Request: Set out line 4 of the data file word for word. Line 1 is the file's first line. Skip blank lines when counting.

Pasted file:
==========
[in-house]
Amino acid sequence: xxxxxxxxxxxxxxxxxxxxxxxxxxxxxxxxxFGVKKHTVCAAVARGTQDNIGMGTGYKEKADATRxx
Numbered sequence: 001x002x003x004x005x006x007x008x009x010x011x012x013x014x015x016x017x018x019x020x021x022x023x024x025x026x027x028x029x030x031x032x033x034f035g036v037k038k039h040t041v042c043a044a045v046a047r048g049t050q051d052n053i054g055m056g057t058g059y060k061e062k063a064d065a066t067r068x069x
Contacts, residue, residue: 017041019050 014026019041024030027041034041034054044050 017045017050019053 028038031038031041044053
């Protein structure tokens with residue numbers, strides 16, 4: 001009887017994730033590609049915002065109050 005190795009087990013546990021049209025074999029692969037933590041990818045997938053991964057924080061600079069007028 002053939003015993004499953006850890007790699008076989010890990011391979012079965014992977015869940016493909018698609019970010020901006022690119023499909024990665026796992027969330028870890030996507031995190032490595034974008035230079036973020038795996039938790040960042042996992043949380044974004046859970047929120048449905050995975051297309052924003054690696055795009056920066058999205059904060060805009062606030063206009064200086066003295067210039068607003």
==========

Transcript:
Contacts, residue, residue: 017041019050 014026019041024030027041034041034054044050 017045017050019053 028038031038031041044053